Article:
“Poetry is the one place where people can speak their original human mind. It is the outlet for people to say in public what is known in private."
– Allen Ginsberg
I’m one of those individuals who has a passion for both reading and writing poetry. I’ve always been drawn to the Beatniks. Beat poetry became popular in the 1950s and into the '60s. In my opinion, this movement contained some of the most prolific American authors, who created a whole new style of writing which deviated from the pretty, little rhythmic lines most considered how poetry should look and sound.
Allen Ginsberg, William S. Burroughs, Jack Kerouac and Charles Bukowski are some of my favorites who pushed the boundaries and ventured into uncharted territories. The Beats touched on topics which were taboo, but desperately needed to be addressed at the time, and in the present.
With stinging truths and unapologetic words, the Beats rejected societal norms and materialism, pushed back against the economic and political machines, wrote with emotion instead of structure, searched for a deeper meaning in the human condition and delved into spiritualism and exploration into the aspects of what makes up the very being of who we are. What are we doing other than existing and why?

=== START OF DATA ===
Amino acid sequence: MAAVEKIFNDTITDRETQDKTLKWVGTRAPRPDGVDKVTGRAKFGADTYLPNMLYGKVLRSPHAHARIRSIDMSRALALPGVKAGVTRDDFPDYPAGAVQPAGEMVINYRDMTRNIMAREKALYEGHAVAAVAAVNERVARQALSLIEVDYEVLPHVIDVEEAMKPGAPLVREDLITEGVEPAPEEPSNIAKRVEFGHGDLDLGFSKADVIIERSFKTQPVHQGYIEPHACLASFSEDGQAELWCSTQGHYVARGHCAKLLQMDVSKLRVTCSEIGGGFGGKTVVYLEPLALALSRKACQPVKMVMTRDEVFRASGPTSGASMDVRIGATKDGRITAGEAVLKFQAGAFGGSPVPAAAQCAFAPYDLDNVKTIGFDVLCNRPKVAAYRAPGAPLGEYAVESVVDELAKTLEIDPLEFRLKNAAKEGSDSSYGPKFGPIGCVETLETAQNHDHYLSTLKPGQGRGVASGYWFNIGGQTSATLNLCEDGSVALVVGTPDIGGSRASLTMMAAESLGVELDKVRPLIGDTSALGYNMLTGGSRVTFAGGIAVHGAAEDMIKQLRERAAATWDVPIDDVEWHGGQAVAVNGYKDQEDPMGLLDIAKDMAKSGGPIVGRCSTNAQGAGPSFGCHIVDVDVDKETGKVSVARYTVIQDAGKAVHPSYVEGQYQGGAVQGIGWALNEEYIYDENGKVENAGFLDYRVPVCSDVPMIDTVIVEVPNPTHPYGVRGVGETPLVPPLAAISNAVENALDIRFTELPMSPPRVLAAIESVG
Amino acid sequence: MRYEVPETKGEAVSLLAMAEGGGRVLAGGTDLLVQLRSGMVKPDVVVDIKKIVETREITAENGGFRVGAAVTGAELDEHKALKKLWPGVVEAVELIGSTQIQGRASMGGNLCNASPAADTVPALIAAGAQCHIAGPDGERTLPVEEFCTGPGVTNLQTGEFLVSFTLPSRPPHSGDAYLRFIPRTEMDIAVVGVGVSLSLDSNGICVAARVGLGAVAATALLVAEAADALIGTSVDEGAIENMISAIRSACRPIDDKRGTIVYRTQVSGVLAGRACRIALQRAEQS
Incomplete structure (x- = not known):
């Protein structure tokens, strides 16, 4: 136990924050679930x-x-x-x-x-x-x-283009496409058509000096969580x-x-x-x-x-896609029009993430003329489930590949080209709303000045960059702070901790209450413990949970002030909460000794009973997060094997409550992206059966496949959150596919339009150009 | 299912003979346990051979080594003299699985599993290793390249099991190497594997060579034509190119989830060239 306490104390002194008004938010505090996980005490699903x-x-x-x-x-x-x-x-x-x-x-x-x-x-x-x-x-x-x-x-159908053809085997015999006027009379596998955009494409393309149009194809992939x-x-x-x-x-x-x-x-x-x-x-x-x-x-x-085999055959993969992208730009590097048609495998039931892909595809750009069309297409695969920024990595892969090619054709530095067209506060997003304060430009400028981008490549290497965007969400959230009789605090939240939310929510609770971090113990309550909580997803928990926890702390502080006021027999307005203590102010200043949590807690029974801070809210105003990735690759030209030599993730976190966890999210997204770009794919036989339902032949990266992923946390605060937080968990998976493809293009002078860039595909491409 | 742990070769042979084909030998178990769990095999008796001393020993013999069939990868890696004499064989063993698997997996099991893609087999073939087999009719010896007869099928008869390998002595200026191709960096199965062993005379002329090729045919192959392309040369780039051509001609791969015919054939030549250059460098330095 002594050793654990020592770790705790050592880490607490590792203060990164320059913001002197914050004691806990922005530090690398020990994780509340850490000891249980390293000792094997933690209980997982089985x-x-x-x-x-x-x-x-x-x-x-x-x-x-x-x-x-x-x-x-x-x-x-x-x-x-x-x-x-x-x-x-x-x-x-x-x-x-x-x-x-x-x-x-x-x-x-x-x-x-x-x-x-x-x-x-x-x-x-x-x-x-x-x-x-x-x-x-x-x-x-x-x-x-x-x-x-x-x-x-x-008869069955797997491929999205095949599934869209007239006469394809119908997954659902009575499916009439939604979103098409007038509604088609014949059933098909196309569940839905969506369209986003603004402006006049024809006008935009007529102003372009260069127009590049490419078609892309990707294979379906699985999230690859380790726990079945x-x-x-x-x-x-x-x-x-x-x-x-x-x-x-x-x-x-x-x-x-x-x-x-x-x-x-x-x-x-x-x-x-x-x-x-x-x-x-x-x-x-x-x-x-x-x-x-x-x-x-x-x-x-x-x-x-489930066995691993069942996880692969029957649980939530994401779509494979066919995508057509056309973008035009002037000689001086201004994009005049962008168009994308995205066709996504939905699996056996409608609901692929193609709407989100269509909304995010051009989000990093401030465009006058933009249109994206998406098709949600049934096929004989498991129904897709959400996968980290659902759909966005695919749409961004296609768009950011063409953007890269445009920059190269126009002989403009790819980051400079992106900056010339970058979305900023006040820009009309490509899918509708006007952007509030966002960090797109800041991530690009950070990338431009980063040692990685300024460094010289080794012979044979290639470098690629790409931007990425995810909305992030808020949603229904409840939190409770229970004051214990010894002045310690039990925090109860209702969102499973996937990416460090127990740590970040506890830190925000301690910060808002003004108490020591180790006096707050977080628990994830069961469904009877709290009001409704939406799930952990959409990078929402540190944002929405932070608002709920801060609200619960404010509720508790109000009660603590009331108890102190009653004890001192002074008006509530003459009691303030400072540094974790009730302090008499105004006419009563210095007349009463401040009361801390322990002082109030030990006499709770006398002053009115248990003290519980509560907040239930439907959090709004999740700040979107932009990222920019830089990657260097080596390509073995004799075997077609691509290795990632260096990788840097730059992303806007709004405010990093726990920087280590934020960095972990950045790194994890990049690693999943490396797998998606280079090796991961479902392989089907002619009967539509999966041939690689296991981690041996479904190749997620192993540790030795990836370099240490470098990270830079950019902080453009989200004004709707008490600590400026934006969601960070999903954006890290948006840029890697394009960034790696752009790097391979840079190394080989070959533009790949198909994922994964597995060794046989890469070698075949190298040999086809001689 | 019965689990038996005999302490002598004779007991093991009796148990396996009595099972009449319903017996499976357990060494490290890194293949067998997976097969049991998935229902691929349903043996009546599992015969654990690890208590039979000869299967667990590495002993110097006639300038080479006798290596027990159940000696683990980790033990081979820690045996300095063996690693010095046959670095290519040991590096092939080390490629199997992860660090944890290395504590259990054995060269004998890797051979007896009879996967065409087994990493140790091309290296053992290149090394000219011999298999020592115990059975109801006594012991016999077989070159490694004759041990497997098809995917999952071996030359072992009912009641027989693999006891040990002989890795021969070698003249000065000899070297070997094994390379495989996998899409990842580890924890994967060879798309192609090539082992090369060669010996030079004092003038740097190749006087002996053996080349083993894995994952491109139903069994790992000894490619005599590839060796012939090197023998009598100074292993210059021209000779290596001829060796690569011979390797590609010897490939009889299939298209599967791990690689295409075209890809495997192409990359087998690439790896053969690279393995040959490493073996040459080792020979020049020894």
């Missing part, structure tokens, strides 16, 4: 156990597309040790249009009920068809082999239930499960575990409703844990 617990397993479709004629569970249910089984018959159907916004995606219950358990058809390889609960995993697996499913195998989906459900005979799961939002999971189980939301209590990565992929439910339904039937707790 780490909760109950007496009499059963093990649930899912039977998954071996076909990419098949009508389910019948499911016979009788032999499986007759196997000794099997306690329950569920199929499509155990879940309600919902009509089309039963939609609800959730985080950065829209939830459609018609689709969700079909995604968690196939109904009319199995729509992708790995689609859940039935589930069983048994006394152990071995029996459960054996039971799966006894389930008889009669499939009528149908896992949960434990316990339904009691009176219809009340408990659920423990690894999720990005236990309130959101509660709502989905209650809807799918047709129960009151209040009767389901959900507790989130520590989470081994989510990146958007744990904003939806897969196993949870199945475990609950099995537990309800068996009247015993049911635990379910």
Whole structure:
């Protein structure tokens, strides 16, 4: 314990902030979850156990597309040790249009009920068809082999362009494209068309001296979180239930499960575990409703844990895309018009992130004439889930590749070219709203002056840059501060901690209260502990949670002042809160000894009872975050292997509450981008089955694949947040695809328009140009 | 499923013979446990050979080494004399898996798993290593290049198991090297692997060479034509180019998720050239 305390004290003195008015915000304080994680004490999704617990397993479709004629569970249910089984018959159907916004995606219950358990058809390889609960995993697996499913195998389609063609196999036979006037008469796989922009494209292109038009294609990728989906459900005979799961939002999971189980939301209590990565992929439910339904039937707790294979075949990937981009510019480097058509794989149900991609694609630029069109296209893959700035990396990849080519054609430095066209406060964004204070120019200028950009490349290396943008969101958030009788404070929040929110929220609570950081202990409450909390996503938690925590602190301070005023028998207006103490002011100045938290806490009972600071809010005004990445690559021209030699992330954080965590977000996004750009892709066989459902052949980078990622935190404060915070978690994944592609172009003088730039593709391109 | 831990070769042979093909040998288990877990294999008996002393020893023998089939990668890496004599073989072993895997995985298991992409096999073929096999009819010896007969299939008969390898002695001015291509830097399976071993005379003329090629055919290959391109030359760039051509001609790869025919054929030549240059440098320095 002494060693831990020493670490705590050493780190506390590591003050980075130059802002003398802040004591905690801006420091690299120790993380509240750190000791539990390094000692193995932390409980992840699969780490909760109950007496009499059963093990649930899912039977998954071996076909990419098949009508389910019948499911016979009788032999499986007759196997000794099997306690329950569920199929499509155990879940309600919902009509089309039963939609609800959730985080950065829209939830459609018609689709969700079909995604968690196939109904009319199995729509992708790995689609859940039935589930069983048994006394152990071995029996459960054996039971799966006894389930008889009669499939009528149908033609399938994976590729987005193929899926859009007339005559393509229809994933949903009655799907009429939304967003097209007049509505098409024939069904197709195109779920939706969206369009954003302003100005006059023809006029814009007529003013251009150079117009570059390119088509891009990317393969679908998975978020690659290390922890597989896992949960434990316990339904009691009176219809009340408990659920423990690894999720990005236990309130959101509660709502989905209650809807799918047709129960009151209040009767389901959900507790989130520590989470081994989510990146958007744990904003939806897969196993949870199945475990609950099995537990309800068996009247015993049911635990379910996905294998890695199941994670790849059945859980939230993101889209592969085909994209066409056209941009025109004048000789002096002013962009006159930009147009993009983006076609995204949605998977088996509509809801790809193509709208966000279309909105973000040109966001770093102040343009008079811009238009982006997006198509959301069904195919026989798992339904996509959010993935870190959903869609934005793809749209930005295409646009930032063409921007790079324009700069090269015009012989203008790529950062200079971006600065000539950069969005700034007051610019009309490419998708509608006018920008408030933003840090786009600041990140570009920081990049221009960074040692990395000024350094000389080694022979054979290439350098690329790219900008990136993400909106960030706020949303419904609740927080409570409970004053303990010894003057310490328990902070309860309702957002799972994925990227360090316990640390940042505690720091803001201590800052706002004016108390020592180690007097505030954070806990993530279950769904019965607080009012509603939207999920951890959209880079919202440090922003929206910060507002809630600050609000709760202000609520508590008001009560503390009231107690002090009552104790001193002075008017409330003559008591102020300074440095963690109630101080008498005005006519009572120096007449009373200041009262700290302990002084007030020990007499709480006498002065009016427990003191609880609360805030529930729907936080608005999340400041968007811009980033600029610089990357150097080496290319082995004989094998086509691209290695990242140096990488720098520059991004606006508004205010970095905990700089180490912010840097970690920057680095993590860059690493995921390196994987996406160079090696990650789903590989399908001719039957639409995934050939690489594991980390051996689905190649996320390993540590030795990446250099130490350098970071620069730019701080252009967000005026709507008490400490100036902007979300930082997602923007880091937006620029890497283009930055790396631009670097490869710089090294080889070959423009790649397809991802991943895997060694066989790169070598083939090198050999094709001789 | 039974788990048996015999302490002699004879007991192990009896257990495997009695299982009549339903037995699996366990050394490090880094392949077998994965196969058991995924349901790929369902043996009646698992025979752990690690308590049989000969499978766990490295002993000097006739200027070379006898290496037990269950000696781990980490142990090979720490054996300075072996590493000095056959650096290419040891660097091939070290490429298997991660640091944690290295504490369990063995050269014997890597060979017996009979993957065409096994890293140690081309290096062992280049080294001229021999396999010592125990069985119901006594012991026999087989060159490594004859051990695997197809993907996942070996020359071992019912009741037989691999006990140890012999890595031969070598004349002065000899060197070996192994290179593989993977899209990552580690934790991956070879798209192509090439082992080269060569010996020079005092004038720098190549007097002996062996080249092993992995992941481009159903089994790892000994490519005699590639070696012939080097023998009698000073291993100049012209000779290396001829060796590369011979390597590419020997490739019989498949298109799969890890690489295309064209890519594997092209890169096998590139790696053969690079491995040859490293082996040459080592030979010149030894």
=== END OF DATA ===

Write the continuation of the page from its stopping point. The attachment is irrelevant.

The staunchly conservative publishing industry opened its doors when the Beat Generation came along to allow everyone to use their voice in openly expressing their feelings on all kinds of subject matters. One of the many beautiful aspects of poetry is the fact your personal being, mind, thoughts, loves, fears and emotions are OK. There is no wrong way to express the many depths of you.
Thanks to the Beatniks, the regulations on what is able to be published, whether those thoughts are conservative, liberal, orthodox, unconventional or antiestablishment, are free game, as they should be. It’s impossible to try to fit the vast distinctions of beliefs into a single box. Differences are one of the greatest gifts we have to show us the unmeasurable amount of unique qualities and emotions we’re each made up of.
I also enjoy reading the unwavering strength and fearless writings of female poets, including Sylvia Plath, who captured the empty hole of depression beautifully, Anaïs Nin, who spoke of being a female in a powerful and raw form, electrifying the feminist movement while also describing the aspects of both gentle and fierce loves.
Let’s also not forgot the poetry in music, which is what draws me to the majority of the songs I’ve embedded in my heart. Although the instrumentalism brings chills and tears to my eyes, the lyrics are what I repeat in my head, and what I scream or whisper to myself during the times those words are deserved and needed.
If you have any favorite poets, diarists, essayists, novelists or writers, please feel free to send me an email at email@example.com. I’m always looking for more strong words to weave into my heart.
Standard reporter Atlanta Northcutt can be reached at 473-2191.